By Ryan Shrout
The new Wizarding World of Harry Potter will soon open at Islands of Adventure in Orlando, Florida. Many are already calling it the greatest single addition to a FL theme park since Disney built Animal Kingdom back in 1998. But I myself am not a fan.
Sure I know the epic back story created through the skillful writing of J.K. Rowling and the masterful screenplay adaption courtesy of Warner Bros. and I'm not saying it isn't a great addition. But the new area will not be an addition so much as a retooling and a replacement of the majority of the Lost Continent.
A long time FL resident, I've spent quite a bit of time at Universal Orlando and my favorite area by far was the Lost Continent. And the primary reason for that was the absolutely epic Dueling Dragons. The old queue line still stands far and away the best line for any roller coaster I have ridden (a sizable amount).
Further more, there's just something mystifying about these two dragons which you don't fully understand, yet are setting out to battle and the sense of foreboding the first time to the queue is truly special. All of that will be gone with the new storyline however.
Bringing in the Hungarian Horntail and Chinese Fireball dragons from the movie lend the ride a more familiar sense. We all know that at the end of the Dragon Challenge (the ride's new name) that the dragons are defeated. Furthermore, the dragons don't duel in the movies, nor in the books.
Let is suffice to say that I am not a fan. Also, the Flying Unicorn is going to be turned into the Flying Hippogriff. Quite a tame little coaster for such an awesome creature. I just hope that the big announcement on March 25 will finally give me something to be happy about.
By Ryan Shrout
Back in 1946, a couple of WWII vets, Ed Morgan and Karl Bacon, started a small machine shop in Mountain View, CA. They built small things for local amusement parks such as merry-go-rounds and other assorted rides. One of these merry-go-rounds was so well done that it caught the eye of one Walt Disney and in 1953, he hired the company to help in as he built the world’s first theme park.
When Disneyland opened 1955, it featured a number of, then, Arrow Development rides and many more would soon follow. Some of the more notable attractions include the Mad Hatter’s Tea Party, Mr. Toad’s Wild Ride, Dumbo, It’s a Small World, Pirates of the Caribbean, and the Haunted Mansion. But there was one of Walt Disney’s ideas that would end up revolutionizing the coaster industry and changing the direction of Arrow forever.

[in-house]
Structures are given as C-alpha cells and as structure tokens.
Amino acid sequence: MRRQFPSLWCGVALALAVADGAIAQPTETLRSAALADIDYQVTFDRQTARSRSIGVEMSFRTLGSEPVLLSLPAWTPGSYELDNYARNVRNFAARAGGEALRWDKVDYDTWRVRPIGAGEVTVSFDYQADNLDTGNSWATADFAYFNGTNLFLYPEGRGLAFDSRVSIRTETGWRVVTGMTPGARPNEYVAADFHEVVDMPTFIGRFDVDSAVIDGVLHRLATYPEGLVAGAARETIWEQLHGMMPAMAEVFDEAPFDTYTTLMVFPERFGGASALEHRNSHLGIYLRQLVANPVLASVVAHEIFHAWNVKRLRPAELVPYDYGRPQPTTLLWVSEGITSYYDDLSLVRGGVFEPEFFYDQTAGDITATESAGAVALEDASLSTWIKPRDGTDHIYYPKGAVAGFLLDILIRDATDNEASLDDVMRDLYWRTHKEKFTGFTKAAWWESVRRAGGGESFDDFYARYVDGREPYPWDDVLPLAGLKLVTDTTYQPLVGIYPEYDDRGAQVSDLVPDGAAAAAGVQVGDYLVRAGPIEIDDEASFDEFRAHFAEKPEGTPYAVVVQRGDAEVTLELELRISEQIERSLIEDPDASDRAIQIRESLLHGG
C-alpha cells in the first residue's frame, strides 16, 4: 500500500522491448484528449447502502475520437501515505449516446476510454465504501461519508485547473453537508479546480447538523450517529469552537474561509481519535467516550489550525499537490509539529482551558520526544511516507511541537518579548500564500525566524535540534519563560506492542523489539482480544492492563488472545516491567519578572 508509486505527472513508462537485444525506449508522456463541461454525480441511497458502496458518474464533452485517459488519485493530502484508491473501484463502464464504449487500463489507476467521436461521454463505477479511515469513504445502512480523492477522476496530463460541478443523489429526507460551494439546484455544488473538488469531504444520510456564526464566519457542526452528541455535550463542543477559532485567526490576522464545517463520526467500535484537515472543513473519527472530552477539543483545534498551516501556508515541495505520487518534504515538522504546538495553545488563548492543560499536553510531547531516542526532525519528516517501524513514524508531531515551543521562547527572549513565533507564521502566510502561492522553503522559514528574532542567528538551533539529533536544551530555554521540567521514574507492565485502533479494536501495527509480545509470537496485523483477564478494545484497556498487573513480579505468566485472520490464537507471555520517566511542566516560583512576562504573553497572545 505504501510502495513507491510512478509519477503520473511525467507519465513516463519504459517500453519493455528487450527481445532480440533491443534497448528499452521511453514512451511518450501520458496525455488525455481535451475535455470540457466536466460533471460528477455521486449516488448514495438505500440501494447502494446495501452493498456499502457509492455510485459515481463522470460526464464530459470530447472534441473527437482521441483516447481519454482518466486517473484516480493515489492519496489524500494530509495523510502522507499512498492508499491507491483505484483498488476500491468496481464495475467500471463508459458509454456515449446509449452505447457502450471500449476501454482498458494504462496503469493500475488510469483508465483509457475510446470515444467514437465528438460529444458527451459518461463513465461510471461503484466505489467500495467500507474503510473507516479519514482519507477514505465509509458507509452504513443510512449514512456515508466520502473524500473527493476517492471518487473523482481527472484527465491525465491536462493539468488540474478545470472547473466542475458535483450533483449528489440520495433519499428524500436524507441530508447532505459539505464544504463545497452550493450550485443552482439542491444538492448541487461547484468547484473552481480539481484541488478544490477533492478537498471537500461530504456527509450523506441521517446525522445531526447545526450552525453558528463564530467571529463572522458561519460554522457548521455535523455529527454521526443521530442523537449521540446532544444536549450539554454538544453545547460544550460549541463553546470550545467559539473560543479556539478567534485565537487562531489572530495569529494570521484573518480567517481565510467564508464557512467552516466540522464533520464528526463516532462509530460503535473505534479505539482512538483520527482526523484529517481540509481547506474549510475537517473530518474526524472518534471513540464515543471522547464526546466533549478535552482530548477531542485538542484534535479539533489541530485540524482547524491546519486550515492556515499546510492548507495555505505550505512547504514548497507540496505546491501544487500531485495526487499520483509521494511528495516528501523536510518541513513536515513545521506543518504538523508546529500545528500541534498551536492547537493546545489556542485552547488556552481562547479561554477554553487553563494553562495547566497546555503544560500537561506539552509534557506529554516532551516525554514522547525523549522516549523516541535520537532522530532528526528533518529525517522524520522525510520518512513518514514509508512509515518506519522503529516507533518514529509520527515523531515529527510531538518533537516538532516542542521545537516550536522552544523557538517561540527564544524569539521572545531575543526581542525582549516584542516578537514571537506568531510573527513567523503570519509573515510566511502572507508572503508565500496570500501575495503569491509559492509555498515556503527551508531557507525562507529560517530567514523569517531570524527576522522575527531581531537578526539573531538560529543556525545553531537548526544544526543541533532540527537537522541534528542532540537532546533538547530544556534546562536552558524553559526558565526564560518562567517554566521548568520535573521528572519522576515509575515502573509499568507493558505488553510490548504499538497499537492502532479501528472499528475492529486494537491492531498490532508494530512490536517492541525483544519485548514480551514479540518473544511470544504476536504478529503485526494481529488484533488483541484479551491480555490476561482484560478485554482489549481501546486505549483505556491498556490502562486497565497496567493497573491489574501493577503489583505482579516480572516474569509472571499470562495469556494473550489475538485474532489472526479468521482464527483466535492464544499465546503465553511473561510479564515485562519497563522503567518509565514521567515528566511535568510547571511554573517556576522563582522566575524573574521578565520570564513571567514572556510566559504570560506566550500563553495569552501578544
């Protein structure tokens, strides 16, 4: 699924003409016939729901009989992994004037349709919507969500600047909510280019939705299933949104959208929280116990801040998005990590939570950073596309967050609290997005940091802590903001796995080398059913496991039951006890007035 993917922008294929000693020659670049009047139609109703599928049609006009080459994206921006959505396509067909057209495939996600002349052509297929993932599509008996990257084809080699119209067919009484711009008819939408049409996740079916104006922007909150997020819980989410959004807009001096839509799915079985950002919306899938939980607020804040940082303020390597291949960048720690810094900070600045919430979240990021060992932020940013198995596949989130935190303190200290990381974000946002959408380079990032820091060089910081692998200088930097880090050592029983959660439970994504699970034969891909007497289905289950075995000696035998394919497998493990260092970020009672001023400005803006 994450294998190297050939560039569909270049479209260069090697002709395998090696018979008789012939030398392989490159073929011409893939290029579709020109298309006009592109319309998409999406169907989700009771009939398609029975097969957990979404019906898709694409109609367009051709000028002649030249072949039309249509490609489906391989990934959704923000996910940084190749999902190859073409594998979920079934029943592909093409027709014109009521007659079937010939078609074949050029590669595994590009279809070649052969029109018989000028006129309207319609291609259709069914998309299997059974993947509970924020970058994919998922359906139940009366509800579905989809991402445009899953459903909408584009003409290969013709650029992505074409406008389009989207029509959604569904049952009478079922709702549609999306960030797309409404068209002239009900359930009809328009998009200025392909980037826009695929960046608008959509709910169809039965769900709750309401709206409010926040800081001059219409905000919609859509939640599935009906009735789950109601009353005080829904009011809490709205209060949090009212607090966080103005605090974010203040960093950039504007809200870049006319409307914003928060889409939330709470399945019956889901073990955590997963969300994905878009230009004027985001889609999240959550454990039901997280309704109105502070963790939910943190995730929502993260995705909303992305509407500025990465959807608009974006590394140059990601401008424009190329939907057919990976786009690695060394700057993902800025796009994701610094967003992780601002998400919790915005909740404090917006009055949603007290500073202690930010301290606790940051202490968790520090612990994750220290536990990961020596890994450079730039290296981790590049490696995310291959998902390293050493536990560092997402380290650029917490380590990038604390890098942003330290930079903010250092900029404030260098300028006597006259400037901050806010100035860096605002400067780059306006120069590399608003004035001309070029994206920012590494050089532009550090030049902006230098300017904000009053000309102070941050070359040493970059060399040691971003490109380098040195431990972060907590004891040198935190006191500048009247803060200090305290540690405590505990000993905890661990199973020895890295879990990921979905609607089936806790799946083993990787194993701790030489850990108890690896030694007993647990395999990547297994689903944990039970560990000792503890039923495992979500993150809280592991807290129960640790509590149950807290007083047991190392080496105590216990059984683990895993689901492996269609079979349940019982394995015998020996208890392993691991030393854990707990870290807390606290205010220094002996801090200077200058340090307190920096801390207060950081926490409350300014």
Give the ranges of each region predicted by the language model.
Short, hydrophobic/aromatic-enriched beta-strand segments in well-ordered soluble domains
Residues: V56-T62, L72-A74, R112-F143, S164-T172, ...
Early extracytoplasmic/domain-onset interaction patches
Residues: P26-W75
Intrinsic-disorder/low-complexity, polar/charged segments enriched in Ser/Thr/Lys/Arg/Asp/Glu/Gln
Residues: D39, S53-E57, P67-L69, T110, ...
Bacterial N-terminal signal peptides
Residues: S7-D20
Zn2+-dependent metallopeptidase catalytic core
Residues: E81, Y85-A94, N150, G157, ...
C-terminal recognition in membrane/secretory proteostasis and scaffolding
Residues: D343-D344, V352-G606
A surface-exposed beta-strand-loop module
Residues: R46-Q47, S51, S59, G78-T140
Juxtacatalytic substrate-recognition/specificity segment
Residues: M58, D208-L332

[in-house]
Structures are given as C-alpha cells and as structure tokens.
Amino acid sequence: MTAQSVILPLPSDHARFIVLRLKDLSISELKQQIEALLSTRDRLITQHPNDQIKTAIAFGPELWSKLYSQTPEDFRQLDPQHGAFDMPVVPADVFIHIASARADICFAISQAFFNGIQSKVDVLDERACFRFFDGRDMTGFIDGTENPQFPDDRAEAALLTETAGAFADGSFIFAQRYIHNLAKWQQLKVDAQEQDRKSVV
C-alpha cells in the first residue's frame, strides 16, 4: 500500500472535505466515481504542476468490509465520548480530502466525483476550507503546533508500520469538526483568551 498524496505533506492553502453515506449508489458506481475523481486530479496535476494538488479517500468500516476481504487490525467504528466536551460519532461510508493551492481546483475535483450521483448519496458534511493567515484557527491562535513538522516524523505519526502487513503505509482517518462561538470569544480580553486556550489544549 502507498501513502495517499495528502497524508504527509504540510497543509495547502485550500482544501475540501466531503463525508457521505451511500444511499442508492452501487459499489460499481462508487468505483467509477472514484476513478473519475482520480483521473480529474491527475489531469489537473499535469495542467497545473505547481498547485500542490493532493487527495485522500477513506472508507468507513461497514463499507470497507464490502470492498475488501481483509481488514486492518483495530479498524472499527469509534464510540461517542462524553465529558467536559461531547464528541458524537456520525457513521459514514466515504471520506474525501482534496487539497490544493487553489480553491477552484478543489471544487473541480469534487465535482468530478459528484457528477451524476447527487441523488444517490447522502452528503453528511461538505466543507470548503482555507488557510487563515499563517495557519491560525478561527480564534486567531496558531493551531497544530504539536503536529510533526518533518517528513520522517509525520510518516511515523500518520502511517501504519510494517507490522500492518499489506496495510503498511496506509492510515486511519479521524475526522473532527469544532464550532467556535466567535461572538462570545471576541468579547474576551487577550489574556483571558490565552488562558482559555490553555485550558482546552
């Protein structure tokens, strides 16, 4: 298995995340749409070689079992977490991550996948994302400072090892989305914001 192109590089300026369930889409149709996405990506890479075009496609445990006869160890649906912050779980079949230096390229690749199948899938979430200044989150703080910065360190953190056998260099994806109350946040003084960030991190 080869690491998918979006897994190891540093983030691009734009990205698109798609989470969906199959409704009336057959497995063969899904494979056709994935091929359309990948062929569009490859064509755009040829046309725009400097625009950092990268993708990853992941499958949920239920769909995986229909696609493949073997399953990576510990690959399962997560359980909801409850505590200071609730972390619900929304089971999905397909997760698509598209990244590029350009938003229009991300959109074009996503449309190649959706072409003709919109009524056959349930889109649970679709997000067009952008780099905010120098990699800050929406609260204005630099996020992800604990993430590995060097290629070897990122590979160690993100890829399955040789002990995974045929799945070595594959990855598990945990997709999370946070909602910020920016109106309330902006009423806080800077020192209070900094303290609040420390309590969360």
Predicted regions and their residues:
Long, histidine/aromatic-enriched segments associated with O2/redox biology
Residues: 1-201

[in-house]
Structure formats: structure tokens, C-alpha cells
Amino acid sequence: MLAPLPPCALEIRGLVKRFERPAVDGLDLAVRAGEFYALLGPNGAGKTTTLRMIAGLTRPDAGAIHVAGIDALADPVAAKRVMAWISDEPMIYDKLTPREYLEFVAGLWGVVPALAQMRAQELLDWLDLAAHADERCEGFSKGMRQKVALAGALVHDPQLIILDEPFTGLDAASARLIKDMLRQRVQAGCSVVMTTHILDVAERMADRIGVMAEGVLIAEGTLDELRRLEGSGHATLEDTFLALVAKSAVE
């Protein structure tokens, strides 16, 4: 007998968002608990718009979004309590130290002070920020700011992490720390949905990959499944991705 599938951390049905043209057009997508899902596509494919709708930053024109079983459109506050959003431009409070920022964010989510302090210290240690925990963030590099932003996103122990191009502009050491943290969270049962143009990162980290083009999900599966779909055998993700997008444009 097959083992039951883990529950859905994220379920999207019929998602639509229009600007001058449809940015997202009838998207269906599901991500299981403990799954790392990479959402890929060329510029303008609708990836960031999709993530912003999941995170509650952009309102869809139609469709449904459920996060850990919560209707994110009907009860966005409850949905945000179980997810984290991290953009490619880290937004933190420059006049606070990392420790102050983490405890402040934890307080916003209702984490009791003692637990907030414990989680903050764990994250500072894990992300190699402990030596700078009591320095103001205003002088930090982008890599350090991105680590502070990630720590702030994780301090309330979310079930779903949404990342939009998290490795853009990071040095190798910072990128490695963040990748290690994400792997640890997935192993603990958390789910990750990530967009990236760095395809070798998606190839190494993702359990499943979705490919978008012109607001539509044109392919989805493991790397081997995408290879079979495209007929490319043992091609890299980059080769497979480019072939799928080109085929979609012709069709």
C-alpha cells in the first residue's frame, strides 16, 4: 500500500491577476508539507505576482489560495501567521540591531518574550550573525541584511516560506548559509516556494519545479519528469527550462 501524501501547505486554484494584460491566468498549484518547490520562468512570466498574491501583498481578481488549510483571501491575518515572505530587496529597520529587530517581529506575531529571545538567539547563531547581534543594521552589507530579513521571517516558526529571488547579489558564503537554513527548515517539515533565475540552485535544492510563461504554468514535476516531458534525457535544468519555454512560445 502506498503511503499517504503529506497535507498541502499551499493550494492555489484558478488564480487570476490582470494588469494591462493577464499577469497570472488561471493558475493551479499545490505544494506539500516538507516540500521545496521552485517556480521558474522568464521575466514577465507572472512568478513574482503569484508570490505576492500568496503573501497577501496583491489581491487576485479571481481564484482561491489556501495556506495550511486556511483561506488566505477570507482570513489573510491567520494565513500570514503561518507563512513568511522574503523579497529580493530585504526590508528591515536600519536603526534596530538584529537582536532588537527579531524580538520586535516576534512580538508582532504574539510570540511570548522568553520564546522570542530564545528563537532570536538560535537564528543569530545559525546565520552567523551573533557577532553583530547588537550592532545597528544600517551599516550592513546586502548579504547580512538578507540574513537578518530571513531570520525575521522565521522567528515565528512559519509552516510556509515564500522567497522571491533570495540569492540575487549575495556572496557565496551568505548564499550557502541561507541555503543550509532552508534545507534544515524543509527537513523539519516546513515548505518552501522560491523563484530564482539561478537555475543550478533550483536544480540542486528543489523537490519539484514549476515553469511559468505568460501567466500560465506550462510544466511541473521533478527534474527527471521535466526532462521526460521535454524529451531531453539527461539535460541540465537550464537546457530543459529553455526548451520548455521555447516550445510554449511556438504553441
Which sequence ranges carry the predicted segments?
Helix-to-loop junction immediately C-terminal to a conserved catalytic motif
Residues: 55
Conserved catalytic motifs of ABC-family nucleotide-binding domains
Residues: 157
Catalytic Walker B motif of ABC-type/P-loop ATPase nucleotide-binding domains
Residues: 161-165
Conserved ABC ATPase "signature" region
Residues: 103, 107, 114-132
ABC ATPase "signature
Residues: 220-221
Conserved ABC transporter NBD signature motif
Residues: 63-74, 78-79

Walt wanted something that would simulate a downhill bobsled run. The ideal medium was a roller coaster style ride but he didn’t want all of the noise that came from a wooden track. Arrow went about experimenting with different stuff and ended up creating the first tubular steel tracked coaster. The steel rails allowed for track to be bent in ways never before imaginable with wooden rides.
Arrow went on to expand their Matterhorn Bobsled concept into a series of Mine Train rides. Then in 1975, Arrow made what is arguable the biggest leap in roller coaster technology ever. They bent their tubular steel track into the world’s first corkscrew, on the fittingly names Corkscrew at Knott’s Berry Farm. And their rides only continued to get loopier from there, from 2 to 3 to eventually 7 inversion rides.
Arrow also helped to pioneer the suspended coaster with the ill-fated Bat in 1981 followed by the success of Big Bad Wolf in 1984. In 1989 Arrow introduced the world to a new type of steel coaster, the Hyper Coaster (over 200ft tall) with Magnum XL-200 at Cedar Point. This ride began the height war which is still going on today between some of the world’s top theme parks.
Eventually though, Arrow fell into financial trouble. They couldn’t compete with the newer, computer aided design techniques of rising companies such as Intamin AG and Bolliger and Mabillard. In 2002 Arrow made its last ditch effort to regain their edge in the coaster industry. When X debuted at SFMM it broke all the rules of what a coaster should do.
But the 4-D coaster concept proved to have too many bugs in it and plagued with the repair costs, Arrow Dynamics was finally forced to file for bankruptcy in 2001. That year Arrow sold all of its assets to roller coaster and ride manufacture S&S Power. S&S now operates at Arrow’s old headquarters in Clearfield, Utah and has since improved upon Arrow’s 4-D coaster concept making it much more reliable.
It is true that much of once was Arrow Dynamics is dead and gone. But the legacy that they left and the radical changes they made within the industry will never be forgotten. They were the ultimate innovators of their time and many of their rides still exist today for the enjoyment of people around the globe.